• EIOPA’s 2020 work programme is, also, notably more focused on conduct of business issues compared to those of the EBA and ESMA. While prudential issues are still likely to comprise the majority of EIOPA’s work in 2020, EIOPA continues to cite consumer protection and supervisory convergence in conduct of business supervision as major areas of focus. These are topics on which EIOPA has, in practice, sought to become more active in recent years.


Next year insurers are likely to see EIOPA more focused on conduct issues and on the supervision of emerging risks such as cyber and sustainability, with less emphasis, subject to its work on the Solvency II review and sustainability, on data collection and policy analysis. This is likely, in due course, to translate into more intensive supervision of these issues in many jurisdictions, as EIOPA issues further supervisory guidance and opinions in these areas.

Appendix: Background and detailed analysis

EIOPA published its 2020 work programme on 30 September 2019. The programme outlines EIOPA’s priorities and related planned activities for the 2020 calendar year. This appendix assesses the work programme’s priorities, looks at how they differ from previous years, and analyses what practical implications these may have for insurers.

The 2020 work programme is, overall, largely similar to that of previous years, likely because of EIOPA’s three-year planning cycle (we are currently in the 2020-2022 planning phase). The work programme’s strategic and operational objectives have remained almost identical for the past couple of years, focusing on driving forward conduct and prudential regulation, enabling supervisory convergence for both the insurance and pensions markets, strengthening financial stability and delivering EIOPA’s mandate effectively.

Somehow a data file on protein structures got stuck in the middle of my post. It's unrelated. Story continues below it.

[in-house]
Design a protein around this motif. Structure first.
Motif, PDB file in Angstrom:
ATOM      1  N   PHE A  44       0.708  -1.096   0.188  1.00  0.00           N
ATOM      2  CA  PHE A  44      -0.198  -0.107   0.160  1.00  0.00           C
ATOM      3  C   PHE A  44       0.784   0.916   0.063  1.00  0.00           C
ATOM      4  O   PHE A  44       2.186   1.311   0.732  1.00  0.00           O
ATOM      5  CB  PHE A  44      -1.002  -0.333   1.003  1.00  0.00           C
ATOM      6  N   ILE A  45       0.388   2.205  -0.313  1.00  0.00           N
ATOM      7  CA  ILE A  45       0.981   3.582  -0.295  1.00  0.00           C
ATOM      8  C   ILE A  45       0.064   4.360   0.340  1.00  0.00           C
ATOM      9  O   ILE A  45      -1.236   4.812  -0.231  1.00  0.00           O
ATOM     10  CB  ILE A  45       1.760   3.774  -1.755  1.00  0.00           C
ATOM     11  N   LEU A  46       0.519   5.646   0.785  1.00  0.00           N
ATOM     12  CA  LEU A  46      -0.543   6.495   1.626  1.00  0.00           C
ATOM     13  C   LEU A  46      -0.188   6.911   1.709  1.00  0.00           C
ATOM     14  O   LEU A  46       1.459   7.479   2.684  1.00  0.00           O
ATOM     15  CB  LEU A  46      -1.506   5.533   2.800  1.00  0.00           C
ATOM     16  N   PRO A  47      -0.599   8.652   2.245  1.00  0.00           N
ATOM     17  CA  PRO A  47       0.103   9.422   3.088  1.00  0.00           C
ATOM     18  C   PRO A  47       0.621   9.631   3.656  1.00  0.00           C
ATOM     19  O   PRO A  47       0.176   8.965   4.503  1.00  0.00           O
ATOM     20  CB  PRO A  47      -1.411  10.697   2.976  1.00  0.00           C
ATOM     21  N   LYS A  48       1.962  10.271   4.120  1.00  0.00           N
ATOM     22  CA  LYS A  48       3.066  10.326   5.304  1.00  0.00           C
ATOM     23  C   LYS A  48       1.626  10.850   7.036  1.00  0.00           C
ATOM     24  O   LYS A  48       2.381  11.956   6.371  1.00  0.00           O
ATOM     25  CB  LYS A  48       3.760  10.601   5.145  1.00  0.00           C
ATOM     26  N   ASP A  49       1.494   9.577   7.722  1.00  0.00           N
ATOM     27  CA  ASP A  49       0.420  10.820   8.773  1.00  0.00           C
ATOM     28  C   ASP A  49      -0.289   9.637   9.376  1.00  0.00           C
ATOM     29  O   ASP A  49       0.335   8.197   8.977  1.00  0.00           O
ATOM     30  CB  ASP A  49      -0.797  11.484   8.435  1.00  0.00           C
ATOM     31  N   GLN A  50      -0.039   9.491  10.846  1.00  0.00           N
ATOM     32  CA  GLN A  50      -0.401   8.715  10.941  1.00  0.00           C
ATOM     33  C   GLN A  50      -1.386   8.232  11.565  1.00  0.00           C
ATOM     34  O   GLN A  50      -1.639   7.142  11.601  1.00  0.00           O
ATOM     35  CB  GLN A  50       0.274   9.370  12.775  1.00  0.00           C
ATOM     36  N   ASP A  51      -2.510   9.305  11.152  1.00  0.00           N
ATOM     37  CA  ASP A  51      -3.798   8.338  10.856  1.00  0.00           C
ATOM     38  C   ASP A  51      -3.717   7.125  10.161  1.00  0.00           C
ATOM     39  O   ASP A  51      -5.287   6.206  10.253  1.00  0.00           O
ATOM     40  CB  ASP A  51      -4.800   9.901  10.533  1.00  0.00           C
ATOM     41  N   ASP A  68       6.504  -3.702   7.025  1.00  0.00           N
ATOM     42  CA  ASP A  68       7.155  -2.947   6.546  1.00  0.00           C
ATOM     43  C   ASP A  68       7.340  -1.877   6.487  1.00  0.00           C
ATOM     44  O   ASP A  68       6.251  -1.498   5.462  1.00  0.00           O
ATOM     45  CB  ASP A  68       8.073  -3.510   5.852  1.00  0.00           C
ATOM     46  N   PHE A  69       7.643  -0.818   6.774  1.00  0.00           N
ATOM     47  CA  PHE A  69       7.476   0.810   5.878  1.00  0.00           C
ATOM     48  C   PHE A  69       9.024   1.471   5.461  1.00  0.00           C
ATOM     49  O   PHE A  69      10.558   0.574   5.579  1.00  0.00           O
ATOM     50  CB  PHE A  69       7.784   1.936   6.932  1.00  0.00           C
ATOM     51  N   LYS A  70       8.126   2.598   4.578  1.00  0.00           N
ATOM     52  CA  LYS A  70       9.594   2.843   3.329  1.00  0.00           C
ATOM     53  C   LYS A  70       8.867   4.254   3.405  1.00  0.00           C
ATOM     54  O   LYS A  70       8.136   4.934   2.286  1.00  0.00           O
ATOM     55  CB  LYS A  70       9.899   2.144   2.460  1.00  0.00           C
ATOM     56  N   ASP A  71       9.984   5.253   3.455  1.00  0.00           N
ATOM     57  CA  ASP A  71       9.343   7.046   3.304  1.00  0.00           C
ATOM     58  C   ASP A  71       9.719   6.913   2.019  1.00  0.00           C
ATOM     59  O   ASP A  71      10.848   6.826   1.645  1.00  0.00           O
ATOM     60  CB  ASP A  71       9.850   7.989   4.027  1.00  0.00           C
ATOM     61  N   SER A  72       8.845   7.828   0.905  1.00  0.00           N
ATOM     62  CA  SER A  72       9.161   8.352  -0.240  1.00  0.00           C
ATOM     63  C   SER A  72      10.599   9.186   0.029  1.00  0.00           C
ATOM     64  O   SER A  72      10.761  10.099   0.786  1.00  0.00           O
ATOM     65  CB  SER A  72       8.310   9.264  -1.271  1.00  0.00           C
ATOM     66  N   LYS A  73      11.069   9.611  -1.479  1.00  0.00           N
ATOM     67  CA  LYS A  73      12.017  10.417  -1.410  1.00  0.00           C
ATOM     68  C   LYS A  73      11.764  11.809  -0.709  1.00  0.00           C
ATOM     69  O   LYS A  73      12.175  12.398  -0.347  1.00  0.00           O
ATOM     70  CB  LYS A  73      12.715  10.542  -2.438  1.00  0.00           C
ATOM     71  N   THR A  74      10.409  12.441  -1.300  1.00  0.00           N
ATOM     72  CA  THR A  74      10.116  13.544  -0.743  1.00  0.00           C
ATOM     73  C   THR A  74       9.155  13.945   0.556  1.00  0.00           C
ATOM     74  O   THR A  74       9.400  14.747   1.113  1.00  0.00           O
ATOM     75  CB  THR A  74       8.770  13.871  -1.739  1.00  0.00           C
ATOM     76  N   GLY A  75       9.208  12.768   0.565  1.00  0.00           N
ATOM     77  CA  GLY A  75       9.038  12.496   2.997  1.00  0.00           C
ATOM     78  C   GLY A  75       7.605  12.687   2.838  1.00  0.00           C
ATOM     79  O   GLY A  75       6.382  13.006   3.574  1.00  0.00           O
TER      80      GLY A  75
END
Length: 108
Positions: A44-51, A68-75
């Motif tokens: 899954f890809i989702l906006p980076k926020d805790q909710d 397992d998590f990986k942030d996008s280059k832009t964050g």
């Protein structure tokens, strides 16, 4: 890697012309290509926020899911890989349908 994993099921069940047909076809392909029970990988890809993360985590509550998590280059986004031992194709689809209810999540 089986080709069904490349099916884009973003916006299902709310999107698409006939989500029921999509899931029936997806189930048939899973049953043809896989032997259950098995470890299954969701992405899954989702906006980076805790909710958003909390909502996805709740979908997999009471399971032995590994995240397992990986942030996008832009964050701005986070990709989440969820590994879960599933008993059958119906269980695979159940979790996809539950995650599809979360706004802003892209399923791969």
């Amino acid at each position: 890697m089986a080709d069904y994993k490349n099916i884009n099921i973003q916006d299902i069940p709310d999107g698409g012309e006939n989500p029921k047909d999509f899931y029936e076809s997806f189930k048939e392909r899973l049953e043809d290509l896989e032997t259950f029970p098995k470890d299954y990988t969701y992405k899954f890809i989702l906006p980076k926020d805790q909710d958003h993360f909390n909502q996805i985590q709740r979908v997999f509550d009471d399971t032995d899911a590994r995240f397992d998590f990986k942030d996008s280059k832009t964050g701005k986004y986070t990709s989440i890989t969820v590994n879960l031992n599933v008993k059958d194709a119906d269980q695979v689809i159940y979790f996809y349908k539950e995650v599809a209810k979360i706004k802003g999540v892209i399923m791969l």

There are, however, some important developments and changes in this year’s work programme, some of which reflect new responsibilities that EIOPA will assume from 1 January 2020 under the amended EU regulation (for example, the establishment of cross-border cooperation platforms). We consider the following areas key to firms as they anticipate the future regulatory focus, and set their regulatory strategies for the coming year:

  1. Cyber insurance: The 2020 work programme includes a new explicit objective to promote a sound cyber insurance market as an enabler of the digital economy. Previous years’ programmes have only mentioned cyber in the context of operational resilience, and have not discussed cyber insurance specifically. This is an important development as it 1) reflects the regulators’ expectation that the insurance market should help to mitigate the risks of cyber threats and; 2) emphasises the regulators’ concerns related to cyber underwriting risks. EIOPA intends to carry out work on the supervision of cyber and the cyber underwriting market, including on European-level solutions to data availability and systemic and extreme cyber risks, and preparatory work on threat-led cyber resilience testing for the insurance sector. Going forward, firms should therefore be prepared for further regulatory scrutiny in the area of cyber – both from a cyber resilience and an underwriting perspective.